There have been a lot of projects in my business that I SAID I was going to do and then never did. Some of them I just never got around to touching in the first place, and others fell victim to overplanning and never made it past the planning stage.

In my four years of blogging, I have written one eBook (though I had plans for quite a few more).

So what’s the difference between the eBook I wrote and the ones that never got written? I was afraid I was going to overplan and procrastinate and never end up finishing the book. So I pulled out my calendar, picked an arbitrary date three months away, and decided that was the day I was going to launch my eBook (note – I hadn’t even started the thing at this point).

Not only did I decide that was the day and mark it on my calendar. I also told my audience in an email that I was writing a book and that’s when it would be coming out. And as soon as people responded and told me they were excited about the book, I knew there was no way I could NOT write it.

I’m not necessarily suggesting you need to announce your deadline to the world when you haven’t even started your project, but you can definitely see how setting a deadline for myself was the kick in the pants I needed to actually make it happen. THAT was the difference between the projects I didn’t finish and the one I did.

 

Related Article:

 

Break Projects Down Into Small, Manageable Tasks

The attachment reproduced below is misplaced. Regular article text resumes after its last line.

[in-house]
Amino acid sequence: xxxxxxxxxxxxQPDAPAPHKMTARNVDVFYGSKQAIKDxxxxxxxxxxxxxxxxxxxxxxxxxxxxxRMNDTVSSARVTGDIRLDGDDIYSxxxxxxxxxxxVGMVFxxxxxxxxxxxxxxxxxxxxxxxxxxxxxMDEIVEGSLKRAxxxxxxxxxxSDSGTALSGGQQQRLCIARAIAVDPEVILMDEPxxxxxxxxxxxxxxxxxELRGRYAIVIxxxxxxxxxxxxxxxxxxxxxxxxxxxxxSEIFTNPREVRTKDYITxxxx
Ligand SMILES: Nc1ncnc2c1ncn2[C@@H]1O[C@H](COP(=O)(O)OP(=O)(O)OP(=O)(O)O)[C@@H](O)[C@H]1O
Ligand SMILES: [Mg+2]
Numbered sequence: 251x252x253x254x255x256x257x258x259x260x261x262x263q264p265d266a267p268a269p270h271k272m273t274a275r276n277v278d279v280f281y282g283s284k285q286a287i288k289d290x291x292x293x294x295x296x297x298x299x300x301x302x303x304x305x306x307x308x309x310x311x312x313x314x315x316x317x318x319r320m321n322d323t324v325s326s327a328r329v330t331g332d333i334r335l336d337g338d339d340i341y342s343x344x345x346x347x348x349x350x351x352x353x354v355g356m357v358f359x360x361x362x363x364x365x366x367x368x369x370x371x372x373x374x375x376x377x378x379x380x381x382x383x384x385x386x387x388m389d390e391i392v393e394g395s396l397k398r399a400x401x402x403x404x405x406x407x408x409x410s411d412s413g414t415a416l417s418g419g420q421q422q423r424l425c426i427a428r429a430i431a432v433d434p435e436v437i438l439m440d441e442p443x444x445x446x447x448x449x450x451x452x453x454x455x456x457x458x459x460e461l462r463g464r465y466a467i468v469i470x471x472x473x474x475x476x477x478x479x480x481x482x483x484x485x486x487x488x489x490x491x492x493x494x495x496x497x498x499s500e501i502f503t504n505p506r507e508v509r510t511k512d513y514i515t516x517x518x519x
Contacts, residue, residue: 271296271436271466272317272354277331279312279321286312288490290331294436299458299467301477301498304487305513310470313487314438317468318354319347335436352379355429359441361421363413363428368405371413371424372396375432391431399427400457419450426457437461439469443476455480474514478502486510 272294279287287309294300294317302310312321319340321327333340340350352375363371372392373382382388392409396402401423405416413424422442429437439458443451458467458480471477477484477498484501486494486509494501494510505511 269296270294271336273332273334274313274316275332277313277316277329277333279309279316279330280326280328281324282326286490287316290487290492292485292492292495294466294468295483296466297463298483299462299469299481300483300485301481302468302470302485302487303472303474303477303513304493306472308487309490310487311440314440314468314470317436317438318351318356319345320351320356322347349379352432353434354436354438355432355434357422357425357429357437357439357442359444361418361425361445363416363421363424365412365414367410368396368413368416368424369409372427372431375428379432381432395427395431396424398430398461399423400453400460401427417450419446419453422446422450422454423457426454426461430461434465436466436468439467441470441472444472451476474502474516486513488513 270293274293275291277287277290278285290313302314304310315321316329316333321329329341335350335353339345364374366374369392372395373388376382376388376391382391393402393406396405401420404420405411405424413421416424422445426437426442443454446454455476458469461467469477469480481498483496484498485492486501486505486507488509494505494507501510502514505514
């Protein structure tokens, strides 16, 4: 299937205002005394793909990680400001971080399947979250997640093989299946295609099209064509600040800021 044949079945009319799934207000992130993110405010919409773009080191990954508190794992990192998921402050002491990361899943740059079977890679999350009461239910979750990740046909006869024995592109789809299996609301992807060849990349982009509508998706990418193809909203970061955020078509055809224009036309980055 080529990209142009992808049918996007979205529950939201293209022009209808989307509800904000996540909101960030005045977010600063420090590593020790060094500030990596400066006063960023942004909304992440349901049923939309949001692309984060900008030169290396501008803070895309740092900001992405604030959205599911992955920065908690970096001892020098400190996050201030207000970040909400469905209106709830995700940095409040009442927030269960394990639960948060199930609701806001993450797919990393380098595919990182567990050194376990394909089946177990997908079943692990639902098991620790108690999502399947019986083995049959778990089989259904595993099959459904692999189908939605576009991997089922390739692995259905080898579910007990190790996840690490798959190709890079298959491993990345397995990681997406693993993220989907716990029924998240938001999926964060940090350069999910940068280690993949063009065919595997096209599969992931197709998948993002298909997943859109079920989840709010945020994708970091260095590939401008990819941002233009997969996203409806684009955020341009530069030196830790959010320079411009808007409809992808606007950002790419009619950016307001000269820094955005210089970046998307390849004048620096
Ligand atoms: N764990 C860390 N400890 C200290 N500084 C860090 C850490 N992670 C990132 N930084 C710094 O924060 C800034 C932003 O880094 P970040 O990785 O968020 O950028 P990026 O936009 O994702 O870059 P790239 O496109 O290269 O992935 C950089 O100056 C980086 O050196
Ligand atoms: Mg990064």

Starting a big new project can be really freaking overwhelming. It’s no wonder we spend SO much time in the planning phase! That’s why the FIRST thing you do for any new goal or project should be to break it down into bite size pieces that you can put right on your to-do list!

When I’m doing this, I like to work backward. Let’s go back to my eBook example. I had figured out what date I wanted to launch my eBook. From there I worked backward and figured out when I should make the sales page, when I should send the book to someone to proofread, when I should write and schedule my launch emails.

I worked ALL the way back to when I should write each and every chapter. Every task was small enough to put it on my to-do list as one small task.

 

Related Article:

 

Learn to Be Okay with Imperfection

 

It’s different for everyone, but I know that one of the reasons I tend to overplan so much is because I’m worried about putting out anything that isn’t perfect. And while perfectionism CAN be an asset at times, it’s also a major form of procrastination.

When I write something, I often find myself publishing it FAR later than I should have, or not publishing it at all, simply because I wasn’t convinced it was perfect.

But I’ve found that if I don’t publish things until they’re perfect, I will literally never publish anything. Because perfect does NOT exist. And sometimes it’s okay to settle for A- work instead of A+ work in the interest of actually getting your work out there.

 

BEFORE YOU GO

 

I’ll let you in on a little secret – I still find myself overplanning. Sure, I’ve found some ways to break that habit, but I definitely still fall back into it at times. While you might never break that habit for good, I promise these tips will help!

 

Make sure to head over to the Etsy shop to check out all the AMAZING notepads and printables that will seriously help you boost your productivity.

And don’t forget to sign up for my FREE Ultimate Productivity Toolkit that has all the tools you need to plan a productive day, week, and month!